Digital Archive brought to you
by JPMorgan Chase & Co.
A.J. de Witte conveys his dissatisfaction to Roy Wilkins over the NAACP's criticism of Dr. King's opposition to the Vietnam War. De Witte withdraws his financial support to the NAACP, instead contributing to Dr. King, Stokley Carmichael of SNCC and Floyd McKissick of CORE.
In this correspondence, Morton S. Grossman, expressed his joy, over Dr. King's New Year's card, and enclosed a check, in support of the Civil Rights Movement. In addition, Mr. Grossman requested a note, signed by Dr. King, to add to his autograph collection.
This broadside advertises a speech to be given by former FBI agent Julia Brown. Brown was to speak on the alleged communist connections of Dr. King.
Dr. King writes to decline the invitation of Dr. Alan F. Westin to serve on the Honorary Advisory Board of the Center for Research and Education in American Liberties at Columbia University. He cites the urgent demands on his time by the civil rights movement as his reason.
Leonard Smith writes to Dr. King concerning a new venture of the National Sharecroppers Fund, which seeks to invest Negro business captial in Southeastern farming areas to benefit the rural poor.
Robert F. Thorne expresses his commitment to the civil rights cause, but will discontinue his financial contributions to the SCLC due to Dr. King's statements regarding the Vietnam War.
Anne Farnsworth acknowledges the kind letters Dr. King sends thanking her for the past financial contributions she has made to the movement. She further encloses a check in honor of the four little girls killed in the Sixteenth Street Baptist Church bombing in Birmingham and the assassination of President Kennedy.
This 32-page booklet was published by Clergy and Laymen Concerned About Vietnam shortly after Dr. King’s April 4, 1967 Riverside Church address on the Vietnam War. It features a foreword by Dr. Reinhold Niebuhr, Dr. King’s speech, and remarks by Henry Steele Commager, Dr. John C. Bennett, and Rabbi Abraham Heschel. In addition, it includes a New York Times interview with Dr. King, King’s response to NAACP criticism on his opposition to the war, and letters to the editor of the New York Times.
Dr. King responds to Mrs. George Bass' recent letter inviting him to speak at the annual convention of the Planned Parenthood Association. Dr. King regretfully declines the invitation because his schedule is booked for the entire month of January.
This article describes Dr. King's approval of a recent civil rights ordinance passing in Gary, Indiana. The purpose of the ordinance is to prohibit discrimination in the sale, rental, leasing or financing of real estate. Dr. King thanks the community and members of the City Council for making the ordinance possible.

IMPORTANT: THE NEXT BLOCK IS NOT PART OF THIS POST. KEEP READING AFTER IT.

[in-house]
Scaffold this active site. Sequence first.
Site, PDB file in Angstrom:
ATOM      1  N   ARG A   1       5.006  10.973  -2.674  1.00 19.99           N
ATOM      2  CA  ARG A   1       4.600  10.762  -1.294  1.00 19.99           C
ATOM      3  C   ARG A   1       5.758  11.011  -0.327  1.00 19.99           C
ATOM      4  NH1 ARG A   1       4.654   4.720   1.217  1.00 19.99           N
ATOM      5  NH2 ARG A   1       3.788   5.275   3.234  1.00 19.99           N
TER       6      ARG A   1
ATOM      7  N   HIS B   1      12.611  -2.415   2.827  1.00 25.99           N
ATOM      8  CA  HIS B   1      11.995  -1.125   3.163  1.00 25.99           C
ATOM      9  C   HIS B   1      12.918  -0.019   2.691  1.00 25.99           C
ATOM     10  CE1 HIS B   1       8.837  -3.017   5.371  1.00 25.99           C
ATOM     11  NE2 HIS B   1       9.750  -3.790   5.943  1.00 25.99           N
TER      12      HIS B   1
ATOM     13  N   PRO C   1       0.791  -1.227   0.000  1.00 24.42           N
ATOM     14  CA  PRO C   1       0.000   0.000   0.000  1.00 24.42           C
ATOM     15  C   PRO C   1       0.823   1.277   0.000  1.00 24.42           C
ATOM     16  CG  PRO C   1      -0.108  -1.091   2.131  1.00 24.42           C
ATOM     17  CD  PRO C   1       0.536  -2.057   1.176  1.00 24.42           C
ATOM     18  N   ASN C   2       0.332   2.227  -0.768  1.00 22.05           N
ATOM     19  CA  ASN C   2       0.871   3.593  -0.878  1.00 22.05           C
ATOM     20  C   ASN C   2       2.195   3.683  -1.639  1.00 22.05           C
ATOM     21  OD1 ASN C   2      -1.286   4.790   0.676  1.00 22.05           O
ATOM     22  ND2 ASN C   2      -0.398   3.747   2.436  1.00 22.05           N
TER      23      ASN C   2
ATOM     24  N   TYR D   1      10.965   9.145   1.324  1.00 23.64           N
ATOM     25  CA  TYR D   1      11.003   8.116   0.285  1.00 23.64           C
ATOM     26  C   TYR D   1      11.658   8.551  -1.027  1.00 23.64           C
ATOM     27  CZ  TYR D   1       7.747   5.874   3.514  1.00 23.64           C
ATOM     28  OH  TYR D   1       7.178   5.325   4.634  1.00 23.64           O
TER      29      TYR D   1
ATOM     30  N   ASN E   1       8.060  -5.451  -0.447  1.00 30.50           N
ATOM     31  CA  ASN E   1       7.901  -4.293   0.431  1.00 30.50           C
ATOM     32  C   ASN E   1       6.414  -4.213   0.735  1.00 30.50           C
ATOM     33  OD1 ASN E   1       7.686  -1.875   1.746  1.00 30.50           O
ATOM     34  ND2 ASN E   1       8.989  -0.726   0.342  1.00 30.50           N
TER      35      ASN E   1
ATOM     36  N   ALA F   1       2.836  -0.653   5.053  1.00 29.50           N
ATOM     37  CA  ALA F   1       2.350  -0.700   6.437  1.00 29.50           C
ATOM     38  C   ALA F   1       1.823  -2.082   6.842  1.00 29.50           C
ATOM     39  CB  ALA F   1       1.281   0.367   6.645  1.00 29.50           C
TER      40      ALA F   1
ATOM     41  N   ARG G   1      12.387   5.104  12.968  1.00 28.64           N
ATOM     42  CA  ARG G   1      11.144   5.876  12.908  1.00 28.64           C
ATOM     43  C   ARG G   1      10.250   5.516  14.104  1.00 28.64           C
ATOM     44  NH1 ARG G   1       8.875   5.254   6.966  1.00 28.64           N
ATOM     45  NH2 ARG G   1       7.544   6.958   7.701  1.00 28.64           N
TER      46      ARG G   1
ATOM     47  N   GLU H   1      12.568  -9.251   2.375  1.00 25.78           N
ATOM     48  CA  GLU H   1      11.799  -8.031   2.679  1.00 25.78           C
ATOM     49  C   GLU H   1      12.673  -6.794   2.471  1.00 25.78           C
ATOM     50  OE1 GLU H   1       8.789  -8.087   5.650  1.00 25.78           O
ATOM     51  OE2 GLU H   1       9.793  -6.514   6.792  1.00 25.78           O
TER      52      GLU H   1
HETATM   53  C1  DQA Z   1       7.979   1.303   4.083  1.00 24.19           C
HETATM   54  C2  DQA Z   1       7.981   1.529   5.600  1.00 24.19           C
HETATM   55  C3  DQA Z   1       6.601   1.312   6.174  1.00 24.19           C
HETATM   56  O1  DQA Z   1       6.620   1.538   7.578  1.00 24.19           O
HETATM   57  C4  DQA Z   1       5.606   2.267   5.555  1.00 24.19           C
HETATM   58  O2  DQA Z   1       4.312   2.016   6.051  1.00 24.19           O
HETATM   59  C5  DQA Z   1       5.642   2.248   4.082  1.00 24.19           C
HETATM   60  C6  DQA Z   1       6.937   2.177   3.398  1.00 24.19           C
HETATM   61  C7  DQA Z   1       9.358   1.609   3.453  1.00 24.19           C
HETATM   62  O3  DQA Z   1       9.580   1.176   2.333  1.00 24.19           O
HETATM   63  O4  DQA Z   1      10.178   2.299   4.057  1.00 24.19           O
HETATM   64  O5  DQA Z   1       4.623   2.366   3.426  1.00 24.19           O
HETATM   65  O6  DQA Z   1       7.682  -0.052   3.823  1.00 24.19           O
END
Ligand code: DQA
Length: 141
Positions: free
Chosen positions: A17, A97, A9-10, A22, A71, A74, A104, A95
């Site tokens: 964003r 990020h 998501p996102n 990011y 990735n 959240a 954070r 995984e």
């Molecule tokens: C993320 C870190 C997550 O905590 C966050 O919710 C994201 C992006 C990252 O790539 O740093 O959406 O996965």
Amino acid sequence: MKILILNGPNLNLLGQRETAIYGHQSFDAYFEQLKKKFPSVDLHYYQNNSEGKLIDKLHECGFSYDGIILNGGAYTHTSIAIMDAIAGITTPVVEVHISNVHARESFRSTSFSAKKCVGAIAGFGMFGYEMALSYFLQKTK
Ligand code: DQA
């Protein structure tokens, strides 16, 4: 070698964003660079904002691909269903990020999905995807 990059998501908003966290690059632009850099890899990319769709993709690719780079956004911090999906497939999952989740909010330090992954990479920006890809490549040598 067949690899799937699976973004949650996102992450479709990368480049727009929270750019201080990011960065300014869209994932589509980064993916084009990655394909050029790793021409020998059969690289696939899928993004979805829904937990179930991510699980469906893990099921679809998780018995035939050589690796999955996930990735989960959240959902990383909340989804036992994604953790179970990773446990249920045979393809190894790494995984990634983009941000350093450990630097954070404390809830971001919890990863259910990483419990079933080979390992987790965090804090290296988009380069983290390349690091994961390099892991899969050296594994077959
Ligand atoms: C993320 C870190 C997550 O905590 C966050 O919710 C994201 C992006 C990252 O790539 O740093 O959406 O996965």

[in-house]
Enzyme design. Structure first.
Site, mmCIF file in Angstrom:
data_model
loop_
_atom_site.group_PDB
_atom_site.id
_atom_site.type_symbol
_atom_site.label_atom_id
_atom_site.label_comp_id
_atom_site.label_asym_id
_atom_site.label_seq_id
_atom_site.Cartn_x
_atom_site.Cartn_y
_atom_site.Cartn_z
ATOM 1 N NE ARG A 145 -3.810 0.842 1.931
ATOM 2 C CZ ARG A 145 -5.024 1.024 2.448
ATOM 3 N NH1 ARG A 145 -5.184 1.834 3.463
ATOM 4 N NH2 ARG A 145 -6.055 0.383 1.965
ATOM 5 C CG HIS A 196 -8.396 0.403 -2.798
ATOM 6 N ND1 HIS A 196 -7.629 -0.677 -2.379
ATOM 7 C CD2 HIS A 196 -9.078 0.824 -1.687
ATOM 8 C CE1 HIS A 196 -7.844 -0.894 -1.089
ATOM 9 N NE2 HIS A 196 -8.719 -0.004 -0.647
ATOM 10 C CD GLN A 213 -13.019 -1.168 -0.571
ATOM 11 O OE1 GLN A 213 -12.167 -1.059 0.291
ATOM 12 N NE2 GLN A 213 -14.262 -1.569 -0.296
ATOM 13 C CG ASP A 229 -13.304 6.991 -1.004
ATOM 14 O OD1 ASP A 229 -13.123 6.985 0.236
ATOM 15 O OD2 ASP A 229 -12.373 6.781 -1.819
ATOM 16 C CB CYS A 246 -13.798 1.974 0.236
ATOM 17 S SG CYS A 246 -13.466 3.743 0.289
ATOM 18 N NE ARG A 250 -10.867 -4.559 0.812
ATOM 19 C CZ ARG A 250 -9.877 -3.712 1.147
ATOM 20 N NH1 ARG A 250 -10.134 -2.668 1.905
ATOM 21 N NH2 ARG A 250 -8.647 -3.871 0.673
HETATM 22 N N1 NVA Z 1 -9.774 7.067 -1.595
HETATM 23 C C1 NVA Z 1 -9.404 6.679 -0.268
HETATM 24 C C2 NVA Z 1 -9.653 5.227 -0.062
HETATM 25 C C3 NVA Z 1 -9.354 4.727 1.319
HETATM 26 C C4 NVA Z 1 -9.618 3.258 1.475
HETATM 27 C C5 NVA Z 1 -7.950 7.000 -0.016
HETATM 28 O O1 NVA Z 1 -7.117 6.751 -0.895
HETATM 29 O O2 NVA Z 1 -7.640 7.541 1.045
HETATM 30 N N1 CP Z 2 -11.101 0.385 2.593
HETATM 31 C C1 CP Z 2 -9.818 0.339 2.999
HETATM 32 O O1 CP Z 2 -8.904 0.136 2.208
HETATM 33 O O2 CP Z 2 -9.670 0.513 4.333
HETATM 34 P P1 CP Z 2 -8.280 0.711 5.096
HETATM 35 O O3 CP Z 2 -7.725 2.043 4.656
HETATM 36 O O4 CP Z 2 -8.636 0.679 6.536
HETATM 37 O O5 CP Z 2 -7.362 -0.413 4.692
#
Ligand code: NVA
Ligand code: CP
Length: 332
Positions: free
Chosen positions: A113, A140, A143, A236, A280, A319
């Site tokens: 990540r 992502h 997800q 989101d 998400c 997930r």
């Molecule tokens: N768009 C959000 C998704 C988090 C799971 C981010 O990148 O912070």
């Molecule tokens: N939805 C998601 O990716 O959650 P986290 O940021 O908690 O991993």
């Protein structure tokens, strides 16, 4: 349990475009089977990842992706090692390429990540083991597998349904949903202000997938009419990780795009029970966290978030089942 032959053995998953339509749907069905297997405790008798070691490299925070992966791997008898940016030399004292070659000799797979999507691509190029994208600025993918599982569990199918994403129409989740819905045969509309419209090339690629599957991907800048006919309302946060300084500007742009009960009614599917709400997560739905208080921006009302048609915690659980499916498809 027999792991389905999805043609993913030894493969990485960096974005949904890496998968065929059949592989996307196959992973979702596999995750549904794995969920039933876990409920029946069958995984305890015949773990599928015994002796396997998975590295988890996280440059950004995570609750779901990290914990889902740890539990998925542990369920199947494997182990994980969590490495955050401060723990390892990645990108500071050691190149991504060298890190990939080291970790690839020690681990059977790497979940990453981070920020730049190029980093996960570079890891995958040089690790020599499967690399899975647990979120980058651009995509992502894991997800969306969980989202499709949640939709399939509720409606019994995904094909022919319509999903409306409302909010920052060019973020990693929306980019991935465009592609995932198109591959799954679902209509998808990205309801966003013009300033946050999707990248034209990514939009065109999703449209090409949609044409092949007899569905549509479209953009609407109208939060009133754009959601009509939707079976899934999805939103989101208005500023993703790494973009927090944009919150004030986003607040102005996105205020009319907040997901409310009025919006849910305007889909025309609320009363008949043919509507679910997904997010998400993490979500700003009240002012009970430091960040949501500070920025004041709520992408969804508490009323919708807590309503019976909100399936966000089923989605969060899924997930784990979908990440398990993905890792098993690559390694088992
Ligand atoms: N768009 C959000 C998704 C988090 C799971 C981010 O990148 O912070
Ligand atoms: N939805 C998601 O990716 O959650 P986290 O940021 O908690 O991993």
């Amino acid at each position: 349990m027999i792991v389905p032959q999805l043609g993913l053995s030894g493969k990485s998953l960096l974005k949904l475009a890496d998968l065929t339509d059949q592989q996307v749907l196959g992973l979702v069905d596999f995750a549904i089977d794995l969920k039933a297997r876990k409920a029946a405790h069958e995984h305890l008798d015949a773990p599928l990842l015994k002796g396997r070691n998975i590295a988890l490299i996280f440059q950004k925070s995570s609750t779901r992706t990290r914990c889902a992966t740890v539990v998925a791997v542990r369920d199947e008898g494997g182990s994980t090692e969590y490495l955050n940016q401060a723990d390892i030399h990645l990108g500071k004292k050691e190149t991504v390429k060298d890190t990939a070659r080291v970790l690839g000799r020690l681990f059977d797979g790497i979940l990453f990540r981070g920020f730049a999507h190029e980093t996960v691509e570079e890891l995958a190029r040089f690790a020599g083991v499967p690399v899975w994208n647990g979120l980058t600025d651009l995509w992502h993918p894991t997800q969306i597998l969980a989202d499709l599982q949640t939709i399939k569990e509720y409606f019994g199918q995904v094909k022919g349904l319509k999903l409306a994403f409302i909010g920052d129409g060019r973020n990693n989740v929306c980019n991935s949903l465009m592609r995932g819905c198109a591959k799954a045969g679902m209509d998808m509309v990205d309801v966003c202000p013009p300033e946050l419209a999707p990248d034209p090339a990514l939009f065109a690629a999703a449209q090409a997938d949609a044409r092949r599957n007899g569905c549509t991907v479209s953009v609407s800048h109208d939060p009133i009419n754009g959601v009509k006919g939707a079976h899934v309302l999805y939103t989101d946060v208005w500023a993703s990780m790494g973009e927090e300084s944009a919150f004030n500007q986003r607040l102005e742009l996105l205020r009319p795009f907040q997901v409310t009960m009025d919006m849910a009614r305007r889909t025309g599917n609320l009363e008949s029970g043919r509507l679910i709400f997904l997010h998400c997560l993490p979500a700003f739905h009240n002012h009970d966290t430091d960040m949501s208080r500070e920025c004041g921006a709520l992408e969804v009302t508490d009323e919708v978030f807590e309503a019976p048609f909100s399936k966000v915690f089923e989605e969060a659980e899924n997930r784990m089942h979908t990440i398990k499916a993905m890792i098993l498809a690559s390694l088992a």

Ben A. Todd commends Dr. King for his recent stand against the United States' position in Vietnam, particularly because making such a statement may hurt the Civil Rights Movement.
This is a draft, with Dr. King's revisions, of the article "Showdown for Nonviolence" for Look Magazine. The article was published posthumously on April 16, 1968.
Benjamin Brown, literary editor for CORE, thanks Dr. King for his previous letter regarding the "CORE Guide" publication. Brown asks that CORE be granted permission to reprint copies of Dr. King's past speeches.
This document is an outline of the sermon titled "The Eternality of God Versus the Temporality of Man." In the first two sections, Dr. King contrasts the time-conditioned nature of man with God, who transcends time. The final portion highlights a significant fact that God is absolute and unchangeable.
The Black Caucus of Eastern Airlines sponsored, Future Impact, a program to promote economic development for the company. The program also aids in enhancing the skills of the company's black employees.
These are biographical sketches of various leaders who were involved in the March on Washington for Jobs and Freedoms. These distinguished individuals were involved in organizations that focused on equality and nonviolence.
The author writes about how operation breadbasket completed successful negotiations for new jobs for Negroes within the Chicago dairy industry.
The minutes for this meeting include the Civil Rights act of 1967, the "Freedom Budget," and discrimination in military off-post housing.
John Lazenby, Professor Emeritus at the University of Wisconsin-Milwaukee, encloses a donation to Dr. King. He further stresses that nonviolence is the prime method to solve problems around the world. Lazenby requests copies of Dr. King's anti-war speech delivered at New York's Riverside Church on April 4, 1967 to distribute to his friends.
This handwritten outline reflects a sermon delivered by Dr. King at Dexter Avenue Baptist Church in January of 1954. The sermon is structured around "The Parable of the Talents" taken from Matthew 25:14-30. Dr. King highlights how the passage assures a "reward for faithfulness."